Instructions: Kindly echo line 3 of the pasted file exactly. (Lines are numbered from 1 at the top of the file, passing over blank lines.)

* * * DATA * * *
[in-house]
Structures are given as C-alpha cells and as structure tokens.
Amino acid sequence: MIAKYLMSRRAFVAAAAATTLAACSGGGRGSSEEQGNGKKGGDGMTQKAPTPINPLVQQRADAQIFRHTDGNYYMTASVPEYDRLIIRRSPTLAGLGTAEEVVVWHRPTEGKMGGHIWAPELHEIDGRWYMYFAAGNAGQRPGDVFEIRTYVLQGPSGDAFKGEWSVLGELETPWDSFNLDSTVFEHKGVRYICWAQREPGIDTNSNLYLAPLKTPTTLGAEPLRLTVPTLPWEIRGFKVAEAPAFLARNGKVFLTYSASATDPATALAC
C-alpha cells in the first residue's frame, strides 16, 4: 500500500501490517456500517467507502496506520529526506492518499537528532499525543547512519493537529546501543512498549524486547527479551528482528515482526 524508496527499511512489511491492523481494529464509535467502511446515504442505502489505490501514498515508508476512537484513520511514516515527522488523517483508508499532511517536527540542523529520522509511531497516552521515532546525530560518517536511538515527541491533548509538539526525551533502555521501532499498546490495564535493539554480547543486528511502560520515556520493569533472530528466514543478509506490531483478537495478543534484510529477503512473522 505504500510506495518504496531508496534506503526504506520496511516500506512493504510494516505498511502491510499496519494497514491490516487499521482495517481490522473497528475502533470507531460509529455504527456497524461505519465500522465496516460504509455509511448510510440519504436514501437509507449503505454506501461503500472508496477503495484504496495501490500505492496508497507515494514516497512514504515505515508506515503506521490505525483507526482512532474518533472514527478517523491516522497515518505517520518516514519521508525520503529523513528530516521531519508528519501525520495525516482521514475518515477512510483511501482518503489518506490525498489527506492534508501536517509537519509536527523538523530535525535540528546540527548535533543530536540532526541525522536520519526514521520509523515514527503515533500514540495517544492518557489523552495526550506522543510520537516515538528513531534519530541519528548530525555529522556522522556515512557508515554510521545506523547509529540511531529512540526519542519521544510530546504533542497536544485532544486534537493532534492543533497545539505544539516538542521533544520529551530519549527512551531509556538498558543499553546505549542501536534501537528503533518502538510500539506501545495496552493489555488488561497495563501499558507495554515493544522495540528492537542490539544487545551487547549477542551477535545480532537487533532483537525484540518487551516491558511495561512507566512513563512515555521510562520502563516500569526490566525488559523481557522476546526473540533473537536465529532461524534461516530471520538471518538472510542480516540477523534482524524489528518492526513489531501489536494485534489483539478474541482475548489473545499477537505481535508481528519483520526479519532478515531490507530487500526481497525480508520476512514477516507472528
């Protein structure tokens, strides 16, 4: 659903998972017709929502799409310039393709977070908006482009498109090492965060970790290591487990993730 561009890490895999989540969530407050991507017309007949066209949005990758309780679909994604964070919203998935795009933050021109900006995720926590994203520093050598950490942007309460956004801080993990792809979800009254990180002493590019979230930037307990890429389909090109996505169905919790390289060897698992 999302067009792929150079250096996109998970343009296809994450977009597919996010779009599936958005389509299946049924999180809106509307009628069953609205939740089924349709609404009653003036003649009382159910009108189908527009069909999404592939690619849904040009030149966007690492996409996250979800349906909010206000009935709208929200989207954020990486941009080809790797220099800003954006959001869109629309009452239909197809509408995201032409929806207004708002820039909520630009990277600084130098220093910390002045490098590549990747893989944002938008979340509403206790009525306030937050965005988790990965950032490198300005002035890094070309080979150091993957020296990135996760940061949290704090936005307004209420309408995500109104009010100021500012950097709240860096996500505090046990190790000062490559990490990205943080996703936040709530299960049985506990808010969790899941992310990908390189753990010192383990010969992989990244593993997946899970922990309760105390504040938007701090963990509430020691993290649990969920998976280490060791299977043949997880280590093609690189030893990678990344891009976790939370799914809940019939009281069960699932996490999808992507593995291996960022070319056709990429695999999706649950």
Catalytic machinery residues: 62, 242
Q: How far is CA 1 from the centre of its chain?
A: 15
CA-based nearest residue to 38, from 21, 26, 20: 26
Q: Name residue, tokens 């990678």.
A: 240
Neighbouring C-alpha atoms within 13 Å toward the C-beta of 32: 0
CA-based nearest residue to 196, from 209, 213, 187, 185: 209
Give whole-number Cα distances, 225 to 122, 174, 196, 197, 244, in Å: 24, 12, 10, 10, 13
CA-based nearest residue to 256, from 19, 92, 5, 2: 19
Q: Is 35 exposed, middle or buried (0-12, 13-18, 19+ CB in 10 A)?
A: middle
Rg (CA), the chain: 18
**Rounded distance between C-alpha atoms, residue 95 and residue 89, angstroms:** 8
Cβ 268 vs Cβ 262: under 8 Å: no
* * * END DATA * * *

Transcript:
Amino acid sequence: MIAKYLMSRRAFVAAAAATTLAACSGGGRGSSEEQGNGKKGGDGMTQKAPTPINPLVQQRADAQIFRHTDGNYYMTASVPEYDRLIIRRSPTLAGLGTAEEVVVWHRPTEGKMGGHIWAPELHEIDGRWYMYFAAGNAGQRPGDVFEIRTYVLQGPSGDAFKGEWSVLGELETPWDSFNLDSTVFEHKGVRYICWAQREPGIDTNSNLYLAPLKTPTTLGAEPLRLTVPTLPWEIRGFKVAEAPAFLARNGKVFLTYSASATDPATALAC